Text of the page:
Welcome to the fifth week of the legislative session, where politics and the looming 2016 elections seem to have put the lobbyists, the lawmakers and everyone in between on a high-speed spin cycle of rhetoric and reaction.
In our system, where election cycles start less than 12 months after the voting booths close, and the cost of running for office grows and grows (in more ways than one) what does it look like to make policy without the contortions of politics dictating each day, each speech, each vote?
Last year was a unique year in the West Virginia Legislature, with a new majority party for the first time in over 80 years. But this year feels even more unique – more uniquely political than last year or years before.
Politics are certainly looming large over the statehouse. It’s an election year, with a huge opportunity for new leadership in the Governor’s office. For the first time in many years, an incumbent or next-in-line is not on the ballot for that seat. No matter who wins the Governor’s race, it will be a new face and likely a whole new set of folks brought in to help run the state. The impact of that can’t be understated.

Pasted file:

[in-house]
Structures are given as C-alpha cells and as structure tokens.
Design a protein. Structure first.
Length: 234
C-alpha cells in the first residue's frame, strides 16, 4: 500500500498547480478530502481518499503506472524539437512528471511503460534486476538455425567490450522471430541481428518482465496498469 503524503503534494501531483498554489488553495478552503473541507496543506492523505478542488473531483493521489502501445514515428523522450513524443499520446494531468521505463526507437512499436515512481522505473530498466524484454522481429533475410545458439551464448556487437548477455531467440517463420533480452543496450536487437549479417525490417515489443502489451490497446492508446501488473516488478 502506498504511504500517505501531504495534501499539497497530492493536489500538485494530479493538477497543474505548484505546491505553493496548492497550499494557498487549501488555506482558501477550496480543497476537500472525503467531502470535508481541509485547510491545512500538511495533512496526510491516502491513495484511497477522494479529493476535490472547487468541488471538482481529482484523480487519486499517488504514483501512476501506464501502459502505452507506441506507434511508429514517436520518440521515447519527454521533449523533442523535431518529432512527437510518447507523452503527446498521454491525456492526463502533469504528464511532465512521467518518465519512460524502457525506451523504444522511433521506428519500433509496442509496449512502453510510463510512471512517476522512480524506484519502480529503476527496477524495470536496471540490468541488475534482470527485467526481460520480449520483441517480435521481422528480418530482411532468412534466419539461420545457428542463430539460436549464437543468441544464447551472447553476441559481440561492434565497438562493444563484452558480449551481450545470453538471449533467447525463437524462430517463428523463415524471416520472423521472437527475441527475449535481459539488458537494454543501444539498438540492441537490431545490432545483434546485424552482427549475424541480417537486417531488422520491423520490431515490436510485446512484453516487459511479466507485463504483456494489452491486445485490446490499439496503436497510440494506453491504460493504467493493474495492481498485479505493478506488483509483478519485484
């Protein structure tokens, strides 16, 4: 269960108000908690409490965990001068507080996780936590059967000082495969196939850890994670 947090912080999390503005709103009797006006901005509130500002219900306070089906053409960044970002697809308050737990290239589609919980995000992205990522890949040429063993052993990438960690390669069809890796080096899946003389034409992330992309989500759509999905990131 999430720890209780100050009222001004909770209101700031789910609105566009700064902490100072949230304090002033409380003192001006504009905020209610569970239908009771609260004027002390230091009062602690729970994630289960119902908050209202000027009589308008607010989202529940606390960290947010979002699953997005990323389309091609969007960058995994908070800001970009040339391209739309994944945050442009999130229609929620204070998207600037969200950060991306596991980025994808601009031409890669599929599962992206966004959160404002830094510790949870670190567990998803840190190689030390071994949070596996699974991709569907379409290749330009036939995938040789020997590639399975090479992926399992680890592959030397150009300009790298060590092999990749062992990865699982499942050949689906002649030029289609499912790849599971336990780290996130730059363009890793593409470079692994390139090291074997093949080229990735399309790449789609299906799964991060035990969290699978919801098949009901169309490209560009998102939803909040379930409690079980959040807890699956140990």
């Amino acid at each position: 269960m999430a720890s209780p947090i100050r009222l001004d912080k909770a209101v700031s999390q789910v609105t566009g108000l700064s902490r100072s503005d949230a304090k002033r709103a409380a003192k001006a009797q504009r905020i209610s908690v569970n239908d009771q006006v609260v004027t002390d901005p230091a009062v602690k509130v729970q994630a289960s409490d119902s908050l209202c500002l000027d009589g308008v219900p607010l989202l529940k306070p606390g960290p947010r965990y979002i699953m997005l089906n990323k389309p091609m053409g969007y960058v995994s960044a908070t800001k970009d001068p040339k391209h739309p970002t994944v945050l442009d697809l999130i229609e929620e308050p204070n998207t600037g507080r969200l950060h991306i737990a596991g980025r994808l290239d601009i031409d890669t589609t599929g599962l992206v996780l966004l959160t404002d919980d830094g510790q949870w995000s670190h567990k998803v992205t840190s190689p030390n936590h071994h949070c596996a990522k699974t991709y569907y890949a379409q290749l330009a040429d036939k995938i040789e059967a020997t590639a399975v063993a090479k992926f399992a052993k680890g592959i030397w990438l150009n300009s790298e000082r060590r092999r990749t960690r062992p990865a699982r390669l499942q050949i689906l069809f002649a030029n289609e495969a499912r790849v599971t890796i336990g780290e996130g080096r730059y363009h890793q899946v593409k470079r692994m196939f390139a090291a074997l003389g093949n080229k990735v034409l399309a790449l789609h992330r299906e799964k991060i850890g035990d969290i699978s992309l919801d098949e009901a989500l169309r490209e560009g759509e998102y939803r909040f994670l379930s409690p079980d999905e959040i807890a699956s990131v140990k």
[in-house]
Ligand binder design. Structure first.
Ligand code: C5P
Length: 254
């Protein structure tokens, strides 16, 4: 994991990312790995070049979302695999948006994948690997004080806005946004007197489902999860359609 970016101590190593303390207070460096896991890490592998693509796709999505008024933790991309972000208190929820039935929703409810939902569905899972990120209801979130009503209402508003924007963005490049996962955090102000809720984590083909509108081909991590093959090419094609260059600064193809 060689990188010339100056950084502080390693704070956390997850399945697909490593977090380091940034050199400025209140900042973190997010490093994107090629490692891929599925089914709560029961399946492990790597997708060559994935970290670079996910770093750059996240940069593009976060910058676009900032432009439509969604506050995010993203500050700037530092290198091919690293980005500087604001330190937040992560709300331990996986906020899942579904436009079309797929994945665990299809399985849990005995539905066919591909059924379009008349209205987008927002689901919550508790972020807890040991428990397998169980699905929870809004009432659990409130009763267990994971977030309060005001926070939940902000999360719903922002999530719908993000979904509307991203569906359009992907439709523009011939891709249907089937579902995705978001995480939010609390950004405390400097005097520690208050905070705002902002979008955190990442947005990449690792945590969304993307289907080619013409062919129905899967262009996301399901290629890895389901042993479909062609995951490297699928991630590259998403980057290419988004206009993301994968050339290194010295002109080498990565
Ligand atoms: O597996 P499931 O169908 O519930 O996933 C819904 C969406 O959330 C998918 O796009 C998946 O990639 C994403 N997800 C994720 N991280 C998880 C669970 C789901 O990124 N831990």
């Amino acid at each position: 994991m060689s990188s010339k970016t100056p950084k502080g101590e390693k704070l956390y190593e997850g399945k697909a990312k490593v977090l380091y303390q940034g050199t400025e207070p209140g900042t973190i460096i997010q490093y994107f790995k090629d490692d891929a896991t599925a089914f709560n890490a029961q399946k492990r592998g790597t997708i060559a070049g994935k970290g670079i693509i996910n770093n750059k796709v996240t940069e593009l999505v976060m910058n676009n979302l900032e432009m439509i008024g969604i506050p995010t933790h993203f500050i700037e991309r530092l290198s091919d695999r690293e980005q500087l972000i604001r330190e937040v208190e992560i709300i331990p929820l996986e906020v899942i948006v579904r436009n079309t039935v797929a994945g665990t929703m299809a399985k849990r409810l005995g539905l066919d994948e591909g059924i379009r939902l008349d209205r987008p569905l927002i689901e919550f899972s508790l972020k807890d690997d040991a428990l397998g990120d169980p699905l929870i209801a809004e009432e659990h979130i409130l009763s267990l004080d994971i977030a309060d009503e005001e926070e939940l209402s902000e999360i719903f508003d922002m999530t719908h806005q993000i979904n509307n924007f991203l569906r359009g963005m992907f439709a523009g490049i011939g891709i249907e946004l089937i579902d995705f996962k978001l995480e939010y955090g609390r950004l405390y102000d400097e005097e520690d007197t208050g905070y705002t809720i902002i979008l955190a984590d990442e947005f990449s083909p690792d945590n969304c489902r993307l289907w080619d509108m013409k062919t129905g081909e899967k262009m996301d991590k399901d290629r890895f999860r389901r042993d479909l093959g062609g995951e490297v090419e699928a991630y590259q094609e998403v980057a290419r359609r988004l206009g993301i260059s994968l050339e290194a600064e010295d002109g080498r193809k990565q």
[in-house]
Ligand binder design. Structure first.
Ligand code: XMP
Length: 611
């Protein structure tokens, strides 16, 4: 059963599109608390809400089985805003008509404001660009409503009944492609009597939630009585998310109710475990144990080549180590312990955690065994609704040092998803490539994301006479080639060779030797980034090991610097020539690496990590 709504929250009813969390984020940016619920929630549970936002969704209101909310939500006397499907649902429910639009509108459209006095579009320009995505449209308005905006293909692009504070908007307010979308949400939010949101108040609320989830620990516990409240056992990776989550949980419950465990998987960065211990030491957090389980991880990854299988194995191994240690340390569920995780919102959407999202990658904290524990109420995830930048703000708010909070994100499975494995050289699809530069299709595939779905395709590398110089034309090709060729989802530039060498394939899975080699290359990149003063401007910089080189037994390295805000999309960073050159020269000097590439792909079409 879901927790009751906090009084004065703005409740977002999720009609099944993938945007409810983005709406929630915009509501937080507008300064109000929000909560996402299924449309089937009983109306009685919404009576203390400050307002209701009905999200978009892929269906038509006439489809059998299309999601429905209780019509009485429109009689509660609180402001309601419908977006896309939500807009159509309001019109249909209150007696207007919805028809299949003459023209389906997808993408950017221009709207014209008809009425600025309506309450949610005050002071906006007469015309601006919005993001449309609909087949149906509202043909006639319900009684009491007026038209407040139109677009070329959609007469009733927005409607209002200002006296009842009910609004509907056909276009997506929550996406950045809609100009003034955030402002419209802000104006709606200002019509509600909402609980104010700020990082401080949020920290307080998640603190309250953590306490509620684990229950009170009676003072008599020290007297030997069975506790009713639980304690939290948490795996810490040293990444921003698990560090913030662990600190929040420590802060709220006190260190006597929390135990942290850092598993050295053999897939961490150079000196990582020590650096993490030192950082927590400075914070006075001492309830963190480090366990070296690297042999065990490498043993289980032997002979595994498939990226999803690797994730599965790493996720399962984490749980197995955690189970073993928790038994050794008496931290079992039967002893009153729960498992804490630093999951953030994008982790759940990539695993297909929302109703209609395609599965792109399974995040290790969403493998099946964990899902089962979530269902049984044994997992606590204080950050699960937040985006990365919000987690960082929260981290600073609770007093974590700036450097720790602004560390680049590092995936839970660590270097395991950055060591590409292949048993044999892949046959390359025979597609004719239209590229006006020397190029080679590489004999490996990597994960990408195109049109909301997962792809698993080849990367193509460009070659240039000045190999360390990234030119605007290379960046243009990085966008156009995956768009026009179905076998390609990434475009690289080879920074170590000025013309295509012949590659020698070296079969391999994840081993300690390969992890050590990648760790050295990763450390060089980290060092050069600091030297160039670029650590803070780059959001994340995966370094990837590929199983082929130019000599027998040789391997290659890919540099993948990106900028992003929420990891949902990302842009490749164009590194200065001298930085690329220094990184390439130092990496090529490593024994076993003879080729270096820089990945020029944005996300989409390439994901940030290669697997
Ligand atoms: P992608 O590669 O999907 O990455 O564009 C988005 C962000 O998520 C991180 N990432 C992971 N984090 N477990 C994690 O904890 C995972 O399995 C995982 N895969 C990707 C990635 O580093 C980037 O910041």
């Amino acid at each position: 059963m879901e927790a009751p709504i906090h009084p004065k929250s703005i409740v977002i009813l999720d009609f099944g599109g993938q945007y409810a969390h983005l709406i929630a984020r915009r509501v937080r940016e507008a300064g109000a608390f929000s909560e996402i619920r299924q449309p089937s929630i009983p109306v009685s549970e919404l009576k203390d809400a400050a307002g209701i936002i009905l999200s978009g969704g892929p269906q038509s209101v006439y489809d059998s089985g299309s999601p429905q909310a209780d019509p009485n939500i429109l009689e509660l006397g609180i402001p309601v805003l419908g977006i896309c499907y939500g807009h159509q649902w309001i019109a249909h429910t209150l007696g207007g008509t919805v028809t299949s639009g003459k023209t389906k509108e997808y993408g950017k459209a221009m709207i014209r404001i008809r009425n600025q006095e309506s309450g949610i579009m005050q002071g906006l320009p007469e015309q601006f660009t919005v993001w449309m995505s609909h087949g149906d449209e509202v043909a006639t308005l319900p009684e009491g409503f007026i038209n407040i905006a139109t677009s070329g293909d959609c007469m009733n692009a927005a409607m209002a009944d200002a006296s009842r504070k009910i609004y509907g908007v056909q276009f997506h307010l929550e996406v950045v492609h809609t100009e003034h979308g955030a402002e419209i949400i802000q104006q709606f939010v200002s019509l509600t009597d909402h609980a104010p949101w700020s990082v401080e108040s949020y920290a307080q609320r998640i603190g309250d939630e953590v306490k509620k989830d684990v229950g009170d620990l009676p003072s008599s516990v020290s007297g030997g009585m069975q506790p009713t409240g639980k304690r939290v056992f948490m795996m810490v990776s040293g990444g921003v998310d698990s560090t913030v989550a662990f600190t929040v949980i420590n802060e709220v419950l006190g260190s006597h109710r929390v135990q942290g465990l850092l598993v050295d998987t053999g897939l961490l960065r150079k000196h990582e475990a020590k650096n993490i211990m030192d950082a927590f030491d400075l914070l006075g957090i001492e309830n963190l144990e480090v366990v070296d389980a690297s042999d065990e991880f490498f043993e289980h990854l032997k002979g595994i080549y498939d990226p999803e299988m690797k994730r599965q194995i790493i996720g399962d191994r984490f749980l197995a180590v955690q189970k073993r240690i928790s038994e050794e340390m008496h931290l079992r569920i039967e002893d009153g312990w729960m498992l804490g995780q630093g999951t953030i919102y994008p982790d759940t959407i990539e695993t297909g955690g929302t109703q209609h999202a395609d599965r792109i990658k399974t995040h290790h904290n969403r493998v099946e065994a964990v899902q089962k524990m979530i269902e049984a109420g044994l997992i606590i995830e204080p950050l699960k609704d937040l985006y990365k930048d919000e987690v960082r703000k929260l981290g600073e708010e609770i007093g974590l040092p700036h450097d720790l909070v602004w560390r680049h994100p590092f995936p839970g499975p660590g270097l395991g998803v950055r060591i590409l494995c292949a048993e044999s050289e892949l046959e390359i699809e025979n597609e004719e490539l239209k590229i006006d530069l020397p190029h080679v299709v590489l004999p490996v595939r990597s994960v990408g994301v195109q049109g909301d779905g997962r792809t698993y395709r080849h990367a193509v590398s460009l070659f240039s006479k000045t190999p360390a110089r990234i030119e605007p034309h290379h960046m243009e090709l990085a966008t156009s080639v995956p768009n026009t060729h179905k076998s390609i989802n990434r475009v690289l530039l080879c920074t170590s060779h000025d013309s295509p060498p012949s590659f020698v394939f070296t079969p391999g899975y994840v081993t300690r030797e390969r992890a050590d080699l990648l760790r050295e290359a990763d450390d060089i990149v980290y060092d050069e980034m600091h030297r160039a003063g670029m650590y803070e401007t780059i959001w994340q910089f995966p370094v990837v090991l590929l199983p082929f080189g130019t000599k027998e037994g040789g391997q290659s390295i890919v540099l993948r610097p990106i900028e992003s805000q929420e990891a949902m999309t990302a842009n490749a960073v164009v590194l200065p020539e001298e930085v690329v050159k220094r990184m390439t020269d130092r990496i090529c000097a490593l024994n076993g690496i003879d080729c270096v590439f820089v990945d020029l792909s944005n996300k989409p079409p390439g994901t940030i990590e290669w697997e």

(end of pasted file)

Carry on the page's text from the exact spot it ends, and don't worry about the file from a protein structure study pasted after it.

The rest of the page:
It’s also a presidential election year, with an especially vibrant primary process playing out in both parties. That’s got to trickle down to our state a little bit, at least in the sense of feeling like you can’t get away from politics and political grandstanding, no matter where you turn.
But this year is also different in another, more disheartening way. There seems to be a breakdown in decorum, a breakdown in encouragement of public engagement (with increasing security and restrictions on use of phones and cameras in the Capitol), a breakdown in real, bold policy-making to address the challenges facing West Virginia.
The politics seems to have overwhelmed the policy this year, and West Virginians are getting tired of it.
Our system requires us to hire politicians to make our policy, for better or worse. Once they’re in office though, we expect them to be policy-makers first and foremost.
We’ve got three more weeks to see a little more bold policy and a little less bold politics. It would be a good way to end a uniquely challenging – and often uniquely disheartening – year of West Virginia legislating.